Identifying and analyzing emerging trends in campaigns and elections.

The Tri-State Q-Poll Shows Electorate Optimism

In Polling on February 11, 2015 at 11:23 am

Quinnipiac University released the results of a three-state poll, covering the critically important presidential domains of Pennsylvania, Florida and Ohio.

The most interesting finding is how optimistic the people comprising the sampling cells are, particularly in Florida and Ohio. Such a tone is much different from what has been the norm for the past nine years.

All three polls were conducted during the Jan. 22 – Feb. 1 time period.

Pennsylvania

The Q-Poll surveyed 881 Pennsylvania registered voters, and tested Sen. Pat Toomey (R) as he begins his quest for a second term. At this point former Rep. Joe Sestak (D-PA-7), who lost to Toomey 49-51 percent in the 2010 Senate race, is the only announced major Democratic contender.

The results show Toomey residing in better re-election position than depicted in other early surveys. According to Quinnipiac, the senator has a job approval index of 43:25 percent positive to negative. Fellow Pennsylvania Sen. Bob Casey, Jr. (D) registered a similar 40:24 percent favorability ratio. On the ballot test, Toomey scores a healthy 45-35 percent advantage over Sestak.

Though the Pennsylvania state economy has been slow to rebound and expand, this survey suggests the public’s outlook is improving. Forty-six percent describe the economy as either excellent (one percent) or good (45 percent) versus 52 percent who say it is about the same (40 percent) or poor (12 percent). Based upon historical reference since 2008, these are some of the most optimistic economic responses recorded for a Pennsylvania polling sample.

Florida

Sen. Marco Rubio’s (R) presidential ambitions are attracting a great deal of attention lately, especially when he confirms that he won’t simultaneously run for both the presidency and his US Senate seat.

The Q-Poll produces relatively good numbers for Rubio. In this study of 936 Florida registered voters, the senator posts a 47:35 percent favorability index, similar to his Sunshine State colleague, Sen. Bill Nelson (D), who registers 43:26 percent. By a margin of 44-37 percent, the respondents say Sen. Rubio deserves re-election. Since he has no clear opponent the ballot test question was not asked.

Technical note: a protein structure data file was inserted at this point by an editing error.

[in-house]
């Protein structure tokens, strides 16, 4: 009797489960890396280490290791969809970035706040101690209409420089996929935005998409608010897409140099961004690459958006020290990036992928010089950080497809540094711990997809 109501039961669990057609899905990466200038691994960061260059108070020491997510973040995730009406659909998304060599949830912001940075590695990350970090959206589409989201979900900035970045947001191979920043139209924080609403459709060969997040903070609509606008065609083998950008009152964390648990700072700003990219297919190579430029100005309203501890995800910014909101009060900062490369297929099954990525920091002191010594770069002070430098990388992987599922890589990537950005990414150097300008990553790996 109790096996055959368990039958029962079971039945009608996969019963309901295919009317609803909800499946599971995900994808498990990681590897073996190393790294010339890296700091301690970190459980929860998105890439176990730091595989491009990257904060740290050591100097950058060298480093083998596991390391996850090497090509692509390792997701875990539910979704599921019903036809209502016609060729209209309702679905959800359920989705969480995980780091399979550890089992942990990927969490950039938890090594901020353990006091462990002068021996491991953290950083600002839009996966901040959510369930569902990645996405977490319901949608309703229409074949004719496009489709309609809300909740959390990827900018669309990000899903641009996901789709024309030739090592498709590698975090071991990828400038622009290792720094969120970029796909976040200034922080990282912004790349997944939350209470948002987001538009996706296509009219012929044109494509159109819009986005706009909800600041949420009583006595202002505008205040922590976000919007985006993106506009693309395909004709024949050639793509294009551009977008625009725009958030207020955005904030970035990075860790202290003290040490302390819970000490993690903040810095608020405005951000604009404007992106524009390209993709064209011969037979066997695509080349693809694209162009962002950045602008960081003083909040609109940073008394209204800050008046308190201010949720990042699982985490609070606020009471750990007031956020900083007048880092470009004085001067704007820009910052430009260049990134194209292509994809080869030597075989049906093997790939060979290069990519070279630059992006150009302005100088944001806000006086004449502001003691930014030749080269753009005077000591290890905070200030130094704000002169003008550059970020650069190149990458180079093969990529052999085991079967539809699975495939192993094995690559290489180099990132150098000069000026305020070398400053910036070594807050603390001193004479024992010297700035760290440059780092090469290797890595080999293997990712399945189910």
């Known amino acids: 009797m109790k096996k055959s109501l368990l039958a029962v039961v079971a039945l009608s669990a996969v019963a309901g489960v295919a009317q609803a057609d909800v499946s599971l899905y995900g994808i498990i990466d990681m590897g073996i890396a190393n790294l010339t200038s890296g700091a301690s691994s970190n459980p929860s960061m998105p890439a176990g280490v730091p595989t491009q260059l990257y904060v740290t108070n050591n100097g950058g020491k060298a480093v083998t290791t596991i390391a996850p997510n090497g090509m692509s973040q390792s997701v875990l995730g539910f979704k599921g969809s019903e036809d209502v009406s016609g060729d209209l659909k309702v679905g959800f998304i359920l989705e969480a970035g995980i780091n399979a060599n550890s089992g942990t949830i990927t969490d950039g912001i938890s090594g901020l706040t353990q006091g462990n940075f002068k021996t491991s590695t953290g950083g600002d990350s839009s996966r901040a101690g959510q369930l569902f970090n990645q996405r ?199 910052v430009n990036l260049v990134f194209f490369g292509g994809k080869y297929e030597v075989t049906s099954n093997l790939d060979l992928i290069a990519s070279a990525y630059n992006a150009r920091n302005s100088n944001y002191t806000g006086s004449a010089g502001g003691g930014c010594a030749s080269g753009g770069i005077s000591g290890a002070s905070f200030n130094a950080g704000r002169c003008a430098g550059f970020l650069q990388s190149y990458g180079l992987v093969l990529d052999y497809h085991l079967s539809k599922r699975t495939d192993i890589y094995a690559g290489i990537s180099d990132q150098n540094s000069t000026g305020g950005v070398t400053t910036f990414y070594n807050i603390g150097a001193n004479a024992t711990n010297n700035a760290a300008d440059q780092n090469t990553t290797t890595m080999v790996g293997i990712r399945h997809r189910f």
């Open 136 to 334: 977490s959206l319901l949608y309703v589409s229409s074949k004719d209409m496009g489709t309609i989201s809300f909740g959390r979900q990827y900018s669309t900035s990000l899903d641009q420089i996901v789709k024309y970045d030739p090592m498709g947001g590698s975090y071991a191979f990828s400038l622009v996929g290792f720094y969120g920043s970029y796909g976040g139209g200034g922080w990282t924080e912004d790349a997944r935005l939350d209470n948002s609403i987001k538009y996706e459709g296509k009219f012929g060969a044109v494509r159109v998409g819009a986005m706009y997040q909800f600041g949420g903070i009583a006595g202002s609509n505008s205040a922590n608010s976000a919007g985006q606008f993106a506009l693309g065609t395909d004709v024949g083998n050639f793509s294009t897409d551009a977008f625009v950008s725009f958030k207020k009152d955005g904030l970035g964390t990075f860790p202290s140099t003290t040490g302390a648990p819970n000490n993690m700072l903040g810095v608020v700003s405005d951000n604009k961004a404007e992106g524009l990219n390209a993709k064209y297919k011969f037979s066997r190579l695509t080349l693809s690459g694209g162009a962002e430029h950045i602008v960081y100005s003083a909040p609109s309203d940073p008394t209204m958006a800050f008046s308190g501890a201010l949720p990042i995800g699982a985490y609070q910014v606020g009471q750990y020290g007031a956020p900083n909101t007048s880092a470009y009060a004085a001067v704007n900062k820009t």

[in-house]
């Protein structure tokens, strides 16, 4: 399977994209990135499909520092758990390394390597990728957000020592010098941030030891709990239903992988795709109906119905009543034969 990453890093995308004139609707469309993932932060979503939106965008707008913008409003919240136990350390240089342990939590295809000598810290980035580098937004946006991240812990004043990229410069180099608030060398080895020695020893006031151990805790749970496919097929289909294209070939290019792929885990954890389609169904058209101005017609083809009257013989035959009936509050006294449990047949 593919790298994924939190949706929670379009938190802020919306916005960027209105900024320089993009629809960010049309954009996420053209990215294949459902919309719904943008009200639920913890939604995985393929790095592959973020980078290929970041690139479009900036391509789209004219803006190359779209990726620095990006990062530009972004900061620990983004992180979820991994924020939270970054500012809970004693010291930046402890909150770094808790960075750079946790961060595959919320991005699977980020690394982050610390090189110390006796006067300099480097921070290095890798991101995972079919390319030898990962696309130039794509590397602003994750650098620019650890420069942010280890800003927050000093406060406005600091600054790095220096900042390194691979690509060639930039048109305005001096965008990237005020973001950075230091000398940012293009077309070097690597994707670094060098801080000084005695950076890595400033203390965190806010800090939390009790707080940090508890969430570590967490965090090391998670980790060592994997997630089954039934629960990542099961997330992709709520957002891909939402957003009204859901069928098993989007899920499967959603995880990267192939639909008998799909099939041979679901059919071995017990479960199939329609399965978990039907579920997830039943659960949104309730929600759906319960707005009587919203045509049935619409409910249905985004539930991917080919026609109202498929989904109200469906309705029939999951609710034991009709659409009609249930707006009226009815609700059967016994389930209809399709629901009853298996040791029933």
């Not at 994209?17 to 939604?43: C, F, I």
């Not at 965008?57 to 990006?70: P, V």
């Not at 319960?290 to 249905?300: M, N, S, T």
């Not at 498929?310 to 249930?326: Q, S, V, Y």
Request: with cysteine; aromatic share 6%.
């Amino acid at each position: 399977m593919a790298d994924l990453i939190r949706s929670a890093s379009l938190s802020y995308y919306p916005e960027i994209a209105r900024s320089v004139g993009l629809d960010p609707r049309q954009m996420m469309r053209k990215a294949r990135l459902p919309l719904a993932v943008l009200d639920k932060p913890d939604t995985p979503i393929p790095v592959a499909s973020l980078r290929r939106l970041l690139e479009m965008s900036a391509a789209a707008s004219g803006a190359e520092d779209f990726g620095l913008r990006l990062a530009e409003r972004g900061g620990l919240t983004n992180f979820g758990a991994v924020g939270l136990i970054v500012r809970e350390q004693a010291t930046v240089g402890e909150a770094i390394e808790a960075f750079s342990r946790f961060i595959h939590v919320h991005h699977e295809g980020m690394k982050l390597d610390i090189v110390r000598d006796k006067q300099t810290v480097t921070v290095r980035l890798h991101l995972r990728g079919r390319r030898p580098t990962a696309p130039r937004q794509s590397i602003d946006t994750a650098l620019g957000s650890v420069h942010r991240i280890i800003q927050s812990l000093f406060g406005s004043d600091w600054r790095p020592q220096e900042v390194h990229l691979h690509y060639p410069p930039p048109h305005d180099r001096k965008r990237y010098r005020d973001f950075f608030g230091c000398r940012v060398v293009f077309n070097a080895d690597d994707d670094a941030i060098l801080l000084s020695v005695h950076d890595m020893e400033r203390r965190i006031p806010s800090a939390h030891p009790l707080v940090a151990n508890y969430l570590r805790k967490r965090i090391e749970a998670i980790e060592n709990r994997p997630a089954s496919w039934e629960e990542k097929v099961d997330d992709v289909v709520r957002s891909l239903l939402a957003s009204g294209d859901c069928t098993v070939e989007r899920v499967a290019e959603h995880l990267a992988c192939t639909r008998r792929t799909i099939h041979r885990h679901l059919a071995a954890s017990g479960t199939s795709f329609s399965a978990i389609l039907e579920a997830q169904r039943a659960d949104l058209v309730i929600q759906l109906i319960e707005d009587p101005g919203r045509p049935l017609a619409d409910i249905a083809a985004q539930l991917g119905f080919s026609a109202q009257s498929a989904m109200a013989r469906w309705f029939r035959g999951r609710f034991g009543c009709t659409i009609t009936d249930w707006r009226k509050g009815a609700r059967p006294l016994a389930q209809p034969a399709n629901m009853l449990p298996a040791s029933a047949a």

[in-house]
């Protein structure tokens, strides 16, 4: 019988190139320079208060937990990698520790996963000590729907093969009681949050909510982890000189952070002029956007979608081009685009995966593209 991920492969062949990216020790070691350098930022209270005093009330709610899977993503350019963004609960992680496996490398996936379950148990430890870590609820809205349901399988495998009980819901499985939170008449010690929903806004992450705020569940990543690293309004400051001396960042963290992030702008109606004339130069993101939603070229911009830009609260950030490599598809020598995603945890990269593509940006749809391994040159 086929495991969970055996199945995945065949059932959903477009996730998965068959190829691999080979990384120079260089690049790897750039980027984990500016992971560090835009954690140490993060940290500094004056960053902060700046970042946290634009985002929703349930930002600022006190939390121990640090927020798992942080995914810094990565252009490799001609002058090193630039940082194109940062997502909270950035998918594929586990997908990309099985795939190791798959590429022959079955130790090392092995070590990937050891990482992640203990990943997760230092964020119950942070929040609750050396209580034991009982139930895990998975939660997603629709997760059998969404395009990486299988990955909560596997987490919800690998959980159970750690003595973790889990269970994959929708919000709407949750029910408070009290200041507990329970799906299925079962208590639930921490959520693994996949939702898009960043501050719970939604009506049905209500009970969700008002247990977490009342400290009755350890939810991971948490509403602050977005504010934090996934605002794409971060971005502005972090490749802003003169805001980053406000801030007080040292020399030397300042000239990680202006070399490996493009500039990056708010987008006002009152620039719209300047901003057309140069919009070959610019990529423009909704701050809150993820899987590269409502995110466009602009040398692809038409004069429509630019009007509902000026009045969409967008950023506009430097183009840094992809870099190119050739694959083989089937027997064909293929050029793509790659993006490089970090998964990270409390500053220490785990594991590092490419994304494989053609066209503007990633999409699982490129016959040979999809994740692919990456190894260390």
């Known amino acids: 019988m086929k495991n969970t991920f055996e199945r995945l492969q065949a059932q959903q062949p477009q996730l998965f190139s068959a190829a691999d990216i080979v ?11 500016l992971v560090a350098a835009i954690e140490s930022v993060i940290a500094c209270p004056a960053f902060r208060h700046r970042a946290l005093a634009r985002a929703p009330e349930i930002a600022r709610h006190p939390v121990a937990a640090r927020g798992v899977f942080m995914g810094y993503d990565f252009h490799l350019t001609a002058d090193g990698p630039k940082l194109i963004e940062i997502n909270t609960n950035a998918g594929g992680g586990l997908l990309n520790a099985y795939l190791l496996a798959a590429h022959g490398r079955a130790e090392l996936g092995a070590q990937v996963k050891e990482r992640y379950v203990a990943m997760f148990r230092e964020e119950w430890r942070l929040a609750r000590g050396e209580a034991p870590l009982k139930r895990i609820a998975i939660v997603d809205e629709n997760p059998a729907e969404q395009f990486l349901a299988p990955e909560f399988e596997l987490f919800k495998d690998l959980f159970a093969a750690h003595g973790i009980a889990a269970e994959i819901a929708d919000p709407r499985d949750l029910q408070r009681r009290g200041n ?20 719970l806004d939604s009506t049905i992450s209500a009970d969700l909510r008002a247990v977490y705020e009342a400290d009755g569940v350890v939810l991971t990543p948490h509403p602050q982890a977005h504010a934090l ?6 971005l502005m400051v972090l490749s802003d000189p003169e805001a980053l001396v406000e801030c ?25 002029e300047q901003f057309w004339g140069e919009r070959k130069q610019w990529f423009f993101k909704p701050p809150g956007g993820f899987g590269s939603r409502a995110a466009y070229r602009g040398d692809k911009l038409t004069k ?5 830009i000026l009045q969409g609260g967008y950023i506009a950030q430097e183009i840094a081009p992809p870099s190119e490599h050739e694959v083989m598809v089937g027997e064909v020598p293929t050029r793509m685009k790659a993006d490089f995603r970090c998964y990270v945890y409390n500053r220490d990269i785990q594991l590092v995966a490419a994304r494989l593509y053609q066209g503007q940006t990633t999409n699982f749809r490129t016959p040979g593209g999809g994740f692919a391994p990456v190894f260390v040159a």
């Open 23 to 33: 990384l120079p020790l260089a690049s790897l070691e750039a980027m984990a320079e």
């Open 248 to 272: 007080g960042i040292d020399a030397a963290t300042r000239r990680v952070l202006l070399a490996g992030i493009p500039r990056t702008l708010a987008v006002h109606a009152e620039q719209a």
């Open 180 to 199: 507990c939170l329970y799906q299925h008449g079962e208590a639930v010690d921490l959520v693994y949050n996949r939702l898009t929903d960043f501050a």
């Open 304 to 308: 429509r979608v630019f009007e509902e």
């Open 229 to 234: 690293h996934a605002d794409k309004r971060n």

Here, the economic outlook numbers are extremely good. Fifty-nine percent say the Florida economy is either excellent (six percent) or good (53 percent), compared with 38 percent who say it is “not so good” (30 percent), or poor (eight percent). By a whopping margin of 67-31 percent, the respondents say they are very (12 percent), or somewhat (55 percent), satisfied “with the way things are going in Florida.” Those who are somewhat or very dissatisfied number 21 and 10 percent, respectively.

Forty-seven percent believe the Florida economy will improve, versus only nine percent who think it will get worse. Forty-two percent say it will remain about the same.

Ohio

Surprisingly, even though Ohio sits directly adjacent to Pennsylvania, it was the Florida Q-Poll sampling group that offered responses almost identical with those from the Buckeye State. At first glance, one would have expected Ohio and Pennsylvania respondents to be much closer in attitude.

The Ohio group (943 registered voters) is just as optimistic as the Florida sample cell. Gov. John Kasich’s (R) job approval numbers are very strong, 55:30 percent favorable to unfavorable, and the positive outlook results are even better. Almost three-quarters of the group (72 percent) feel optimistic about how public affairs are being handled in Ohio; 12 percent very satisfied, and 60 percent somewhat satisfied. This compares to 20 percent who feel somewhat dissatisfied, while only eight percent responded very dissatisfied. Forty-nine percent said they believe the Ohio economy is getting better, while nine percent said it is worsening. Forty percent believe there has been little change.

Sen. Rob Portman (R) who, at the beginning of the year, announced simultaneously that he would seek re-election but not run for president, also fares relatively well in his personal ratings. Like the situation in Florida, no major Democratic candidate has yet committed to challenging Portman so the Ohio Q-Poll did not include a ballot test.

Portman’s job approval rating is 40:21 percent positive to negative. As in the other two states, the Republican incumbent compares favorably with his Democratic colleague, in this case Ohio’s senior senator, Sherrod Brown (45:27 percent). By a margin of 37-28 percent, the group believes Sen. Portman deserves re-election.

Conclusion

The tri-state survey positions the three first-term Republican senators, all in either swing or more decidedly Democratic states, to be in good position as they prepare for what should be strongly competitive re-election campaigns. We will be hearing a great deal from each of these three places as the 2016 election cycle begins to unfold.

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